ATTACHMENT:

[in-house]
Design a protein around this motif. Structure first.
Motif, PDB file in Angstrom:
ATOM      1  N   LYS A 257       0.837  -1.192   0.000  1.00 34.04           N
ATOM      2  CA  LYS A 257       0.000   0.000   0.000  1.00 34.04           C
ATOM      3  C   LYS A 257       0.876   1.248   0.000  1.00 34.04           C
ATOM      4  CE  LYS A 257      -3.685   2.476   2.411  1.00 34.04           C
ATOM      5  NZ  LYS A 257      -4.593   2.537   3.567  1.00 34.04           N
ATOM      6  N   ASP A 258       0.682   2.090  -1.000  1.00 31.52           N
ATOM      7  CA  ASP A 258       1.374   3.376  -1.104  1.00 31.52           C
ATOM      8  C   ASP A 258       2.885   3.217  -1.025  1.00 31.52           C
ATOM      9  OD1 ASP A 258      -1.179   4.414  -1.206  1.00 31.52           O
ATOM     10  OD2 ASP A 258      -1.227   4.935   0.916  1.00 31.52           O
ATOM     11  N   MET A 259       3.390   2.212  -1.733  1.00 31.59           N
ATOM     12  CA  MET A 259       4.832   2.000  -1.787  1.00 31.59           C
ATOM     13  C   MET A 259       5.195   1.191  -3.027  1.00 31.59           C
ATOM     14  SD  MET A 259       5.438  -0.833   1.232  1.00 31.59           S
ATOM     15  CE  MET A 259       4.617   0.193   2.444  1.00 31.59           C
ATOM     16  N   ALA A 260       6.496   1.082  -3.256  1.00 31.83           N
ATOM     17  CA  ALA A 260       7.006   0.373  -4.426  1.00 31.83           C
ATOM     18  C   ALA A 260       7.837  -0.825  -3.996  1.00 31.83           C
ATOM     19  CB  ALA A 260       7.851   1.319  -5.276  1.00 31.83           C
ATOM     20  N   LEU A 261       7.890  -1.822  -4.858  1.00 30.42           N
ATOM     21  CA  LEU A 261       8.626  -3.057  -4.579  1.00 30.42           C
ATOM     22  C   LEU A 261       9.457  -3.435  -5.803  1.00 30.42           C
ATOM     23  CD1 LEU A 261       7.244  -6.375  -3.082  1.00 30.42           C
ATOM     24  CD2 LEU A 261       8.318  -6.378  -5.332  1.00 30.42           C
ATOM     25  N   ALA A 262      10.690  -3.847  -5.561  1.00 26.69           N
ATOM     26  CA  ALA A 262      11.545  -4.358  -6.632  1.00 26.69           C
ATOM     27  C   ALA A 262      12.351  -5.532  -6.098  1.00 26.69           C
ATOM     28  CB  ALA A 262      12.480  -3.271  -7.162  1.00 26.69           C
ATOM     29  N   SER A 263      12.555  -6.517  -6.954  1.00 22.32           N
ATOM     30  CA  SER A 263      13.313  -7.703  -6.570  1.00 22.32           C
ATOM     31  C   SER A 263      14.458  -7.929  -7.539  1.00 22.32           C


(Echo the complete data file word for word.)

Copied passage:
[in-house]
Design a protein around this motif. Structure first.
Motif, PDB file in Angstrom:
ATOM      1  N   LYS A 257       0.837  -1.192   0.000  1.00 34.04           N
ATOM      2  CA  LYS A 257       0.000   0.000   0.000  1.00 34.04           C
ATOM      3  C   LYS A 257       0.876   1.248   0.000  1.00 34.04           C
ATOM      4  CE  LYS A 257      -3.685   2.476   2.411  1.00 34.04           C
ATOM      5  NZ  LYS A 257      -4.593   2.537   3.567  1.00 34.04           N
ATOM      6  N   ASP A 258       0.682   2.090  -1.000  1.00 31.52           N
ATOM      7  CA  ASP A 258       1.374   3.376  -1.104  1.00 31.52           C
ATOM      8  C   ASP A 258       2.885   3.217  -1.025  1.00 31.52           C
ATOM      9  OD1 ASP A 258      -1.179   4.414  -1.206  1.00 31.52           O
ATOM     10  OD2 ASP A 258      -1.227   4.935   0.916  1.00 31.52           O
ATOM     11  N   MET A 259       3.390   2.212  -1.733  1.00 31.59           N
ATOM     12  CA  MET A 259       4.832   2.000  -1.787  1.00 31.59           C
ATOM     13  C   MET A 259       5.195   1.191  -3.027  1.00 31.59           C
ATOM     14  SD  MET A 259       5.438  -0.833   1.232  1.00 31.59           S
ATOM     15  CE  MET A 259       4.617   0.193   2.444  1.00 31.59           C
ATOM     16  N   ALA A 260       6.496   1.082  -3.256  1.00 31.83           N
ATOM     17  CA  ALA A 260       7.006   0.373  -4.426  1.00 31.83           C
ATOM     18  C   ALA A 260       7.837  -0.825  -3.996  1.00 31.83           C
ATOM     19  CB  ALA A 260       7.851   1.319  -5.276  1.00 31.83           C
ATOM     20  N   LEU A 261       7.890  -1.822  -4.858  1.00 30.42           N
ATOM     21  CA  LEU A 261       8.626  -3.057  -4.579  1.00 30.42           C
ATOM     22  C   LEU A 261       9.457  -3.435  -5.803  1.00 30.42           C
ATOM     23  CD1 LEU A 261       7.244  -6.375  -3.082  1.00 30.42           C
ATOM     24  CD2 LEU A 261       8.318  -6.378  -5.332  1.00 30.42           C
ATOM     25  N   ALA A 262      10.690  -3.847  -5.561  1.00 26.69           N
ATOM     26  CA  ALA A 262      11.545  -4.358  -6.632  1.00 26.69           C
ATOM     27  C   ALA A 262      12.351  -5.532  -6.098  1.00 26.69           C
ATOM     28  CB  ALA A 262      12.480  -3.271  -7.162  1.00 26.69           C
ATOM     29  N   SER A 263      12.555  -6.517  -6.954  1.00 22.32           N
ATOM     30  CA  SER A 263      13.313  -7.703  -6.570  1.00 22.32           C
ATOM     31  C   SER A 263      14.458  -7.929  -7.539  1.00 22.32           C